Black Like Kamala

The New York Times
2020-08-14

Jamelle Bouie, Opinion Columnist


Kamala Harris in 1966 during a family visit to Harlem. Kamala Harris campaign, via Associated Press

Republican efforts to deny Senator Harris’s identity as an African-American and turn her into a noncitizen are destined to fail.

It was probably inevitable that becoming Joe Biden’s running mate would result in controversy over Kamala Harris’s heritage.

Harris, whose mother emigrated from India and whose father emigrated from Jamaica, is a woman of Tamil and African ancestry who identifies as Black. That’s why, after Biden’s announcement, she was described as the first Asian-American and African-American woman on a major-party presidential ticket.

Not everyone thought this was the right description for Harris. Several allies of President Trump, for example, were quick to dispute the idea that Harris was or could be Black. The radio host Mark Levin said Harris’s Jamaican origins placed her outside the category of African-American. “Kamala Harris is not an African-American, she is Indian and Jamaican,” Levin said. “Her ancestry does not go back to American slavery, to the best of my knowledge her ancestry does not go back to slavery at all.”…

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Bernard Cohen, Lawyer in Landmark Mixed-Marriage Case, Dies at 86

Posted in Articles, History, Law, Media Archive, United States, Virginia on 2020-10-28 20:31Z by Steven

Bernard Cohen, Lawyer in Landmark Mixed-Marriage Case, Dies at 86

The New York Times
2020-10-15

Neil Genzlinger


Bernard S. Cohen, left, and Philip J. Hirschkop, co-counsels in Loving v. Virginia. The Supreme Court’s landmark unanimous ruling in that case in 1967 struck down bans on interracial marriage. Francis Miller/The LIFE Picture Collection, via Getty Images

With Philip J. Hirschkop, he brought Loving v. Virginia to the Supreme Court, which struck down laws against interracial marriages.

“Dear Sir,” began the letter from Washington that found its way to Bernard S. Cohen at the American Civil Liberties Union in June 1963. “I am writing to you concerning a problem we have. Five years ago my husband and I were married here in the District. We then returned to Virginia to live. My husband is white, and I am part Negro and part Indian.”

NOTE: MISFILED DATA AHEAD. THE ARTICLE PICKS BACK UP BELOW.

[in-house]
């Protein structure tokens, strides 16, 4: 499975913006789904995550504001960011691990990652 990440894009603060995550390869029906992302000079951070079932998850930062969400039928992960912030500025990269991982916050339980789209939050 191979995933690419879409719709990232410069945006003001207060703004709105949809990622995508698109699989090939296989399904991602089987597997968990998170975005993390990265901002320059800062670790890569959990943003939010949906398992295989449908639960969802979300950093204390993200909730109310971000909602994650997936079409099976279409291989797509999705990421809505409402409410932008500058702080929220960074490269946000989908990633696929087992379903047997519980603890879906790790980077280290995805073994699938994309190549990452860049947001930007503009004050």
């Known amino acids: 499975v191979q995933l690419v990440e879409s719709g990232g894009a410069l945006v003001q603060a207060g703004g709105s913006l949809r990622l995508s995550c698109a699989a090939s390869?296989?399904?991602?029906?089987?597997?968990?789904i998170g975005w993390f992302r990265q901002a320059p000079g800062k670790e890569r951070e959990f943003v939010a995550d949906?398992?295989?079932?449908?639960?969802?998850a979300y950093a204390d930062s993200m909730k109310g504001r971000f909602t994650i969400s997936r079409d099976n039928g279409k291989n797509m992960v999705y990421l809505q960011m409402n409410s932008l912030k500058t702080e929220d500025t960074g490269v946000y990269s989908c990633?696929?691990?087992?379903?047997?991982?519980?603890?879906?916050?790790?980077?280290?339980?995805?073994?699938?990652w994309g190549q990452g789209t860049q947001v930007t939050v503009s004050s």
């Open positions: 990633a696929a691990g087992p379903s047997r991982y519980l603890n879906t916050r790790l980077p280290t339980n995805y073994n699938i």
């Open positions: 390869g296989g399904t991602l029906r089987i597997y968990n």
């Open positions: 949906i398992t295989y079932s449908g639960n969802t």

The letter, from Mildred Loving, went on to explain that when she and her husband, Richard, returned to Caroline County, Va., to live, they were charged with violating Virginia’s law against mixed-race marriages and exiled from the state.

“It was that simple letter that got us into this not-so-simple case,” Mr. Cohen said later. The not-so-simple case was Loving v. Virginia, which Mr. Cohen and his co-counsel, Philip J. Hirschkop, eventually took to the Supreme Court. In a landmark unanimous ruling in 1967, the court said that laws banning interracial marriage, which were in effect in a number of states, mostly in the South, were unconstitutional.

Mr. Cohen died on Monday at an assisted-living center in Fredericksburg, Va. He was 86…

Read the entire obituary here.

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The Black Violinist Who Inspired Beethoven

Posted in Articles, Arts, Biography, Europe, History, Media Archive on 2020-09-11 02:13Z by Steven

The Black Violinist Who Inspired Beethoven

The New York Times
2020-09-04

Patricia Morrisroe


The violinist George Bridgetower has, like so many other Black artists, been largely forgotten by a history that belongs to those who control the narrative. The Trustees of the British Museum, via Art Resource, NY